Lightforce Driving Lights Don't Affect Vehicle Autonomous Emergency Braking

Tue, Jul 23, 2019

Advances in technology are rapidly improving the safety of modern vehicles. Seatbelts and airbags have long been commonplace to protect occupants in the event of an accident.

More recently, manufacturers have developed active safety systems such as electronic stability control and autonomous emergency braking (AEB), which can activate the brakes automatically at speeds of up to 60km/h to avoid a collision.

Autonomous emergency braking has spread quickly from a high-end optional extra to a standard feature. According to figures from Australia’s independent vehicle safety authority, ANCAP, inclusion of AEB as standard has increased tenfold in just two years, to 31% of new cars on sale in this country.

AEB relies on sensing technology such as radar to scan the road ahead, alert for changes in speed and direction that could lead to a collision. Many vehicles also use these sensors for features such as adaptive cruise control, which can operate the brakes and throttle to maintain a safe distance to the vehicle in front.

The potential for this technology to save lives is obvious, although it can pose some challenges for aftermarket accessory manufacturers. At Lightforce, we have designed our smaller-profile products in the Striker LED and Venom LED range to fit vehicles without interfering with these vital sensing systems.

Darren Urda, Manager at TJM’s Underwood store in Queensland, recently fitted driving lights for a client with a fleet of Toyota Prado GXLs.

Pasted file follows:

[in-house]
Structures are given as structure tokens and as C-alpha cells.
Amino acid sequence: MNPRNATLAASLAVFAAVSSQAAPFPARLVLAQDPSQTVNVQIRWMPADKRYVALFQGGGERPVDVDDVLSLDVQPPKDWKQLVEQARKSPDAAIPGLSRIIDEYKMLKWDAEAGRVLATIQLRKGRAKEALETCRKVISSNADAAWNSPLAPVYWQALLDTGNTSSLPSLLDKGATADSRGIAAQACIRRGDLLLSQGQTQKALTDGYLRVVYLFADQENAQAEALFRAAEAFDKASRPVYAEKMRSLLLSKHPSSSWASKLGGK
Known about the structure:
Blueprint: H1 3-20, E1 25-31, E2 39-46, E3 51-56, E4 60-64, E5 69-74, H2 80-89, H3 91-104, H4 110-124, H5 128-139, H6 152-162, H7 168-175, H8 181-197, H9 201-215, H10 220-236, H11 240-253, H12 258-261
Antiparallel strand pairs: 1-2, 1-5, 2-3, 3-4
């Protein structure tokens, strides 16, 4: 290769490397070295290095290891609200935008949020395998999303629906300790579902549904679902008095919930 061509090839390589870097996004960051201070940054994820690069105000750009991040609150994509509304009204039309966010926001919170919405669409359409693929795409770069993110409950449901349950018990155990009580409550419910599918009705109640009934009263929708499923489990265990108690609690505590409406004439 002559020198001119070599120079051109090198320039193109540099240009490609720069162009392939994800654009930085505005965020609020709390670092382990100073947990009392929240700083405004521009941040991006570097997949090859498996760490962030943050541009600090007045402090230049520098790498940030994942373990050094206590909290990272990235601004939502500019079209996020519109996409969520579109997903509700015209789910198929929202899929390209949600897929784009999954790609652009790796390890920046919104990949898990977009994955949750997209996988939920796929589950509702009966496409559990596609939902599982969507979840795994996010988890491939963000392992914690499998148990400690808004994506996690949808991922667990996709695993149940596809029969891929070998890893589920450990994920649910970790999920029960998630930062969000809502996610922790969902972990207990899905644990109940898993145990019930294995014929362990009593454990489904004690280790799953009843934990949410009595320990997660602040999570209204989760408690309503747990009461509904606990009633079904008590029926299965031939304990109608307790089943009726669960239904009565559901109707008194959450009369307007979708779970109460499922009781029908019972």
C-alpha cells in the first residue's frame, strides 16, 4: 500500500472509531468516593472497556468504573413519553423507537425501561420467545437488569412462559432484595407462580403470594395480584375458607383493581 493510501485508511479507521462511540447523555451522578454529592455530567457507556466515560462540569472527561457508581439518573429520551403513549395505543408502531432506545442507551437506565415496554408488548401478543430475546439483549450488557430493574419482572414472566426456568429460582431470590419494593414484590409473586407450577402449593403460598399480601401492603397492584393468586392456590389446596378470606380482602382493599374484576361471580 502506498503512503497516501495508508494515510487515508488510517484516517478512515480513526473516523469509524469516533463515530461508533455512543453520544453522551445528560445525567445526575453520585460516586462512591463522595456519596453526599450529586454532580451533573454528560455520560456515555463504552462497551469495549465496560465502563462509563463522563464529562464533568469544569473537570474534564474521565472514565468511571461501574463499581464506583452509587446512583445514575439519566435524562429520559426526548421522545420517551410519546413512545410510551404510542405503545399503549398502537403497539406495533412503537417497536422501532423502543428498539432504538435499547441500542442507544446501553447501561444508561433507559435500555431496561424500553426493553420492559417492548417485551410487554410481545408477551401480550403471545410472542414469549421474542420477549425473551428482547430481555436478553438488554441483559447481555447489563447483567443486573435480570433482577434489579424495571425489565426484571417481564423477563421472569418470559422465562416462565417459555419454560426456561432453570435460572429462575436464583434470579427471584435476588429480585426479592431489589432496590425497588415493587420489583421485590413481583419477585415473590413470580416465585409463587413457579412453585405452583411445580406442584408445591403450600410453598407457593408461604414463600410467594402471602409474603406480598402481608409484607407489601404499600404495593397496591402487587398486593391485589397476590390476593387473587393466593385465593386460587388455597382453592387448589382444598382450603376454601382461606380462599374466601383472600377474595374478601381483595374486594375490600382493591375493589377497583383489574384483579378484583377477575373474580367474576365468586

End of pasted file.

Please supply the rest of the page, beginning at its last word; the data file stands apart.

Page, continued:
“The vehicles were all fitted with factory steel bull-bars, and the client requested a specific brand of driving lights for the fleet,” Urda says. “After we delivered the vehicles, the client came back to us because the adaptive cruise control on the vehicles was no longer working. After we examined the cars and found that the lights were blocking the radar sensor behind the grille, we changed them for Lightforce Striker LEDs. The Strikers are smaller, but still offer the lighting performance the client needed.”

Urda says that anyone looking at fitting accessories to the front of a vehicle should be aware of the need to ensure all of the safety systems can function as intended. “As cars evolve, there is less space to play with. The TJM T13 Outback bull-bar on the same model Prado provides extra room between the grille and the light mounts, meaning that larger lights like the slimline Lightforce Genesis LED can be fitted with a reduced likelihood of interfering with advanced driver assistance systems. There are also integrated mounting points for other accessories such as winches, UHF antennas and recovery points, which you don’t find on factory bars. In most cases, the factory products are more expensive too.”

Lightforce Genesis LEDs mounted without AEB Interference


TJM Integrated Bullbar with Lightforce Genesis LEDs

TJM Integrated Bullbar with Lightforce Genesis LEDs

The level of equipment required to achieve ANCAP safety ratings will continue to rise, and we can expect to see AEB and other active safety systems become standard across the board sooner rather than later.

Driving lights are an important addition to the safety of any vehicle, providing improved vision and reducing driver fatigue. With powerful, effective lights in a smaller package, Lightforce offers a safe alternative, especially for professional settings such as mining, transport and fleet operations, where ANCAP ratings cannot be compromised.

And with other innovative aftermarket manufacturers like TJM developing technology-friendly components, safety and flexible functionality can happily coexist into the future.